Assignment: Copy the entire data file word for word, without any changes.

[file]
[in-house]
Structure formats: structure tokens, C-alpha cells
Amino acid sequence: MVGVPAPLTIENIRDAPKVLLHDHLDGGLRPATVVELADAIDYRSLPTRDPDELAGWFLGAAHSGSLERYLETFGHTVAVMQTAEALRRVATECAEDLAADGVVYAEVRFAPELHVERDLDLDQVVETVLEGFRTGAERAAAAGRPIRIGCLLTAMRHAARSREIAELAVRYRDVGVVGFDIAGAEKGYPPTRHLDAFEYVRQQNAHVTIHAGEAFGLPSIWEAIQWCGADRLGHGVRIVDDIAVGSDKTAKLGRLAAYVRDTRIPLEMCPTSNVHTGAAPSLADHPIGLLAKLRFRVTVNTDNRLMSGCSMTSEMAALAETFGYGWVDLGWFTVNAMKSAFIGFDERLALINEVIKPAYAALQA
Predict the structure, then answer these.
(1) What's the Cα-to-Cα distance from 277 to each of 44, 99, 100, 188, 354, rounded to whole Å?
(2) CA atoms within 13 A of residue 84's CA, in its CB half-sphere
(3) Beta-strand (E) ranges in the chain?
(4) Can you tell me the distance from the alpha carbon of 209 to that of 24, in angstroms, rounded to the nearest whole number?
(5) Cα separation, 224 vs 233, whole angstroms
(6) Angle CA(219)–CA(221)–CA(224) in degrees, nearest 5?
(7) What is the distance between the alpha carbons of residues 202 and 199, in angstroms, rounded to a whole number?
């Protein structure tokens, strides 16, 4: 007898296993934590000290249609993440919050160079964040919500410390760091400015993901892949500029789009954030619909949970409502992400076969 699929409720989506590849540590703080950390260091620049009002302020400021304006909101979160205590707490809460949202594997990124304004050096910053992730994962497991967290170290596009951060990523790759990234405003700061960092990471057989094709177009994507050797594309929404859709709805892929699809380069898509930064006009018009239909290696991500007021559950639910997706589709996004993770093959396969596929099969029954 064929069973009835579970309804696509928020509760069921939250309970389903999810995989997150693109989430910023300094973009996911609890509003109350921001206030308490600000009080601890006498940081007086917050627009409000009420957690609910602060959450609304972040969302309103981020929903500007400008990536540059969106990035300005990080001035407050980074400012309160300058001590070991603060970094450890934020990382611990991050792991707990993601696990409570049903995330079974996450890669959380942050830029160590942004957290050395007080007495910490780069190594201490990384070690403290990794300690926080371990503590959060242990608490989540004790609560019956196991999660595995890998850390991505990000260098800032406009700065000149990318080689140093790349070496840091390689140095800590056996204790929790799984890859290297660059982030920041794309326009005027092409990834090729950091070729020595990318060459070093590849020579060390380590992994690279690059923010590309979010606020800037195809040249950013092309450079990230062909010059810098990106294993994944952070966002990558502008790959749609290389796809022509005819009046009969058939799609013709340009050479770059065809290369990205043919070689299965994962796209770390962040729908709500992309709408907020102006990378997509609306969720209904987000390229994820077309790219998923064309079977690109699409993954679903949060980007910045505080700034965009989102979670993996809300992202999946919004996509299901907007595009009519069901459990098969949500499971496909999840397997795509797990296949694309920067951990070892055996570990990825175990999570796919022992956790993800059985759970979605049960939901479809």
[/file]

[in-house]
Structure formats: structure tokens, C-alpha cells
Amino acid sequence: MVGVPAPLTIENIRDAPKVLLHDHLDGGLRPATVVELADAIDYRSLPTRDPDELAGWFLGAAHSGSLERYLETFGHTVAVMQTAEALRRVATECAEDLAADGVVYAEVRFAPELHVERDLDLDQVVETVLEGFRTGAERAAAAGRPIRIGCLLTAMRHAARSREIAELAVRYRDVGVVGFDIAGAEKGYPPTRHLDAFEYVRQQNAHVTIHAGEAFGLPSIWEAIQWCGADRLGHGVRIVDDIAVGSDKTAKLGRLAAYVRDTRIPLEMCPTSNVHTGAAPSLADHPIGLLAKLRFRVTVNTDNRLMSGCSMTSEMAALAETFGYGWVDLGWFTVNAMKSAFIGFDERLALINEVIKPAYAALQA
Predict the structure, then answer these.
(1) What's the Cα-to-Cα distance from 277 to each of 44, 99, 100, 188, 354, rounded to whole Å?
(2) CA atoms within 13 A of residue 84's CA, in its CB half-sphere
(3) Beta-strand (E) ranges in the chain?
(4) Can you tell me the distance from the alpha carbon of 209 to that of 24, in angstroms, rounded to the nearest whole number?
(5) Cα separation, 224 vs 233, whole angstroms
(6) Angle CA(219)–CA(221)–CA(224) in degrees, nearest 5?
(7) What is the distance between the alpha carbons of residues 202 and 199, in angstroms, rounded to a whole number?
């Protein structure tokens, strides 16, 4: 007898296993934590000290249609993440919050160079964040919500410390760091400015993901892949500029789009954030619909949970409502992400076969 699929409720989506590849540590703080950390260091620049009002302020400021304006909101979160205590707490809460949202594997990124304004050096910053992730994962497991967290170290596009951060990523790759990234405003700061960092990471057989094709177009994507050797594309929404859709709805892929699809380069898509930064006009018009239909290696991500007021559950639910997706589709996004993770093959396969596929099969029954 064929069973009835579970309804696509928020509760069921939250309970389903999810995989997150693109989430910023300094973009996911609890509003109350921001206030308490600000009080601890006498940081007086917050627009409000009420957690609910602060959450609304972040969302309103981020929903500007400008990536540059969106990035300005990080001035407050980074400012309160300058001590070991603060970094450890934020990382611990991050792991707990993601696990409570049903995330079974996450890669959380942050830029160590942004957290050395007080007495910490780069190594201490990384070690403290990794300690926080371990503590959060242990608490989540004790609560019956196991999660595995890998850390991505990000260098800032406009700065000149990318080689140093790349070496840091390689140095800590056996204790929790799984890859290297660059982030920041794309326009005027092409990834090729950091070729020595990318060459070093590849020579060390380590992994690279690059923010590309979010606020800037195809040249950013092309450079990230062909010059810098990106294993994944952070966002990558502008790959749609290389796809022509005819009046009969058939799609013709340009050479770059065809290369990205043919070689299965994962796209770390962040729908709500992309709408907020102006990378997509609306969720209904987000390229994820077309790219998923064309079977690109699409993954679903949060980007910045505080700034965009989102979670993996809300992202999946919004996509299901907007595009009519069901459990098969949500499971496909999840397997795509797990296949694309920067951990070892055996570990990825175990999570796919022992956790993800059985759970979605049960939901479809």